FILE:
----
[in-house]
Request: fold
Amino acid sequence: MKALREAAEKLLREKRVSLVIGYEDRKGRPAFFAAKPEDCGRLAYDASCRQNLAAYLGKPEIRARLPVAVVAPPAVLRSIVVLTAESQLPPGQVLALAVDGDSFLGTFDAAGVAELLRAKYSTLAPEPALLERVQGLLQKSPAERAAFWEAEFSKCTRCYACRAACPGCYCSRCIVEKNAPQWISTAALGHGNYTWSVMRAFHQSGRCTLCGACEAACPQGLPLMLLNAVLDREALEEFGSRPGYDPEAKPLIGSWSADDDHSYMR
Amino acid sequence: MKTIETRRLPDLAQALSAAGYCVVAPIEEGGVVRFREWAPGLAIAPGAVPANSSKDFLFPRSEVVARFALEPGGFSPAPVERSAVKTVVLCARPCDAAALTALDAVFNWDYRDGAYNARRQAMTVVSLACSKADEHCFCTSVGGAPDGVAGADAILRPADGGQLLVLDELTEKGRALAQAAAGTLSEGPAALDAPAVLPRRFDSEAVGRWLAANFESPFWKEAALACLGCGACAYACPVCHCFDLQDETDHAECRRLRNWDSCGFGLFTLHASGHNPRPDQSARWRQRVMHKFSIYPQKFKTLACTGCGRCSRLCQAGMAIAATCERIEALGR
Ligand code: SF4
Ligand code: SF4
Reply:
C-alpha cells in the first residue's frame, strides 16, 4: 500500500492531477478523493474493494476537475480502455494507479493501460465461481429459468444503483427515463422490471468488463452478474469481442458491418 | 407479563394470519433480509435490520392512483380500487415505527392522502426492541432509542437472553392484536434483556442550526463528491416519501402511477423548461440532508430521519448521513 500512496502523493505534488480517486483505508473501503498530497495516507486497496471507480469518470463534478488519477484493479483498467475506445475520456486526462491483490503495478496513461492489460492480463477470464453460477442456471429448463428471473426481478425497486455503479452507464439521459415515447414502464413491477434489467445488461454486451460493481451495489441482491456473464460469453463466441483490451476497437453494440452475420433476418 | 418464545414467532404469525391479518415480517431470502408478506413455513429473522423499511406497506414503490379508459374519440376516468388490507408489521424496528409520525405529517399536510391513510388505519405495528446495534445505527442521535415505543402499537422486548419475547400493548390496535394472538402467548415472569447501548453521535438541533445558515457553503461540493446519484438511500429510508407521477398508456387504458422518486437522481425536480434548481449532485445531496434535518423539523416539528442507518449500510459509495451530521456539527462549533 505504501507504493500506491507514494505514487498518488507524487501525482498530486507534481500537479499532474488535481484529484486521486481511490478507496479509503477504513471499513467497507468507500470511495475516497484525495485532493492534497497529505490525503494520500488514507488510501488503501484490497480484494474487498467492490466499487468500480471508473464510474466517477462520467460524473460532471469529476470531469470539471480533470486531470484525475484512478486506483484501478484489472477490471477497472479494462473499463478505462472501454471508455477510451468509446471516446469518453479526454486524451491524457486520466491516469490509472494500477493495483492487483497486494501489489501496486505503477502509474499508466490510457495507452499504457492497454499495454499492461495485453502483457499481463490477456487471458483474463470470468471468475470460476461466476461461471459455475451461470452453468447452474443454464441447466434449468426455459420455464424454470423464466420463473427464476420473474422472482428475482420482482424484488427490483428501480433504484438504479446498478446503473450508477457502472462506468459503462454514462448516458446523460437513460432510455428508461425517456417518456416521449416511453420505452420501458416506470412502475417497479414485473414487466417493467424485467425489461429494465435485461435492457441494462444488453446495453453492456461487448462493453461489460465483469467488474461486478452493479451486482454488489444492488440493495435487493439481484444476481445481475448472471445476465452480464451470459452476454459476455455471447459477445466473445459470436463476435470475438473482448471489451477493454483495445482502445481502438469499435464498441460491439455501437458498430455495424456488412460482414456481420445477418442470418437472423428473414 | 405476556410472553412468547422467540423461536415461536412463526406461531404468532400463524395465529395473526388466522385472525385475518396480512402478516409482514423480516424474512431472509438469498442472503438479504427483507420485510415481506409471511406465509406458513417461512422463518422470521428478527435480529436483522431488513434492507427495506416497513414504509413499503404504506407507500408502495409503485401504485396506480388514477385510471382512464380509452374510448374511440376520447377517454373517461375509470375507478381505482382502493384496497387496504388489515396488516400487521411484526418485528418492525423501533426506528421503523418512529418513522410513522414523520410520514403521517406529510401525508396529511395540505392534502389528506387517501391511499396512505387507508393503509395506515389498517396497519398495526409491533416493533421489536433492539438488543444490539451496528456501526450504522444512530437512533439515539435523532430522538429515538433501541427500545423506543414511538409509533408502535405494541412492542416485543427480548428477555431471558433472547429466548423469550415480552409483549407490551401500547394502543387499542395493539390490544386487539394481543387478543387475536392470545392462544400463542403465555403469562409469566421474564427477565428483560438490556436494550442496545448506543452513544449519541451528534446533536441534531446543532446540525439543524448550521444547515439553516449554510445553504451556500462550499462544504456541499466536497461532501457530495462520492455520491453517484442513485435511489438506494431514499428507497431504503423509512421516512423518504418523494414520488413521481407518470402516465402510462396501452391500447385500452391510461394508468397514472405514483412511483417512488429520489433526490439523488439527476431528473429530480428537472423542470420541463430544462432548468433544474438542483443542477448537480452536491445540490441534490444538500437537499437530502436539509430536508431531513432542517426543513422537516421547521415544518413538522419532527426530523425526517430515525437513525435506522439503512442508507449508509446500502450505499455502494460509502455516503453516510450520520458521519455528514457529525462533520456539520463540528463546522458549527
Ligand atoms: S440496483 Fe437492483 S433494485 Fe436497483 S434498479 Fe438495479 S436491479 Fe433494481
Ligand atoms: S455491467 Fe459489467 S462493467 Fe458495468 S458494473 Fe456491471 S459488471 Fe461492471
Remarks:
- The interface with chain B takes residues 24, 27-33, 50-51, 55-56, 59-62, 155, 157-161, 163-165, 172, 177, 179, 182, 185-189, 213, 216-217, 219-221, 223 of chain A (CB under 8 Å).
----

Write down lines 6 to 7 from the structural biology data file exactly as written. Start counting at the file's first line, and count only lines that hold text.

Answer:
Ligand code: SF4
Reply: